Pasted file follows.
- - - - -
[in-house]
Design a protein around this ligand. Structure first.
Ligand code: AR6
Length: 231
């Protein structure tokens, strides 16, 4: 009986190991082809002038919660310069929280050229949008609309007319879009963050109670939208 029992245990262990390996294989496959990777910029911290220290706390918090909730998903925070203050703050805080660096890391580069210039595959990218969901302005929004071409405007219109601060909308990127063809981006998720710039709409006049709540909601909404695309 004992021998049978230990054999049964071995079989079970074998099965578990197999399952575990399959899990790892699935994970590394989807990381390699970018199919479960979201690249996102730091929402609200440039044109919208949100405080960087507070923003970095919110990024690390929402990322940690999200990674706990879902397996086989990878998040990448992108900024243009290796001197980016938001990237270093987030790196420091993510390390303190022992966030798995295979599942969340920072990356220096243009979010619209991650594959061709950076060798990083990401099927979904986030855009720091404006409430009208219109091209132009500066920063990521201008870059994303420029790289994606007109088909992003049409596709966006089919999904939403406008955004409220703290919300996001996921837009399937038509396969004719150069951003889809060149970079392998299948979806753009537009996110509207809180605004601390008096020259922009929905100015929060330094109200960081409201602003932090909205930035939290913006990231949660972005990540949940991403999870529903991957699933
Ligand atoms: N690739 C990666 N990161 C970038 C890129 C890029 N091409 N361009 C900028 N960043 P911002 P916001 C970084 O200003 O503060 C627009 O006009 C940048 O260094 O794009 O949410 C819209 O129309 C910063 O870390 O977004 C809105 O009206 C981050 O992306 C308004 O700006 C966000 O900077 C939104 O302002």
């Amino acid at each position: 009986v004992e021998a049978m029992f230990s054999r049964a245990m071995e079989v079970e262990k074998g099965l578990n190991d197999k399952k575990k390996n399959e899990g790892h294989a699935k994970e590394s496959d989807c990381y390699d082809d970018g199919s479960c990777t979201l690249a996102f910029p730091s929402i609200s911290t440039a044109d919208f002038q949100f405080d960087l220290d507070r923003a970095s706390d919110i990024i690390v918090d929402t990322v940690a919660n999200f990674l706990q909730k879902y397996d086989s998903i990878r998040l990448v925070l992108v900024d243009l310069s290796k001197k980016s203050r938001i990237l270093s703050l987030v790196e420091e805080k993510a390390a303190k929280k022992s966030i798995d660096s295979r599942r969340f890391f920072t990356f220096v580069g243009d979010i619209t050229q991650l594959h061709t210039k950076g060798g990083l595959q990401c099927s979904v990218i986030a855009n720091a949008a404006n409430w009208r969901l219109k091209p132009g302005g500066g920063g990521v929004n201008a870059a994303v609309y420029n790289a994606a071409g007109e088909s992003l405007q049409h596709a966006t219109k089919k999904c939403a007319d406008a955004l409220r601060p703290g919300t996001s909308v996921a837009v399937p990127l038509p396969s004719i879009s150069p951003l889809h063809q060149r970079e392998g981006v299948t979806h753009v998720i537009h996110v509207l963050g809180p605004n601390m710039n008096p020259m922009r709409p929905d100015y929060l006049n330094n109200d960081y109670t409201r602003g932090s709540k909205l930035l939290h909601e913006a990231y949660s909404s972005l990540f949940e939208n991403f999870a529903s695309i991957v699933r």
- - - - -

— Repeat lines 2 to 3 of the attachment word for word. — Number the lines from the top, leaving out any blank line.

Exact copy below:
Design a protein around this ligand. Structure first.
Ligand code: AR6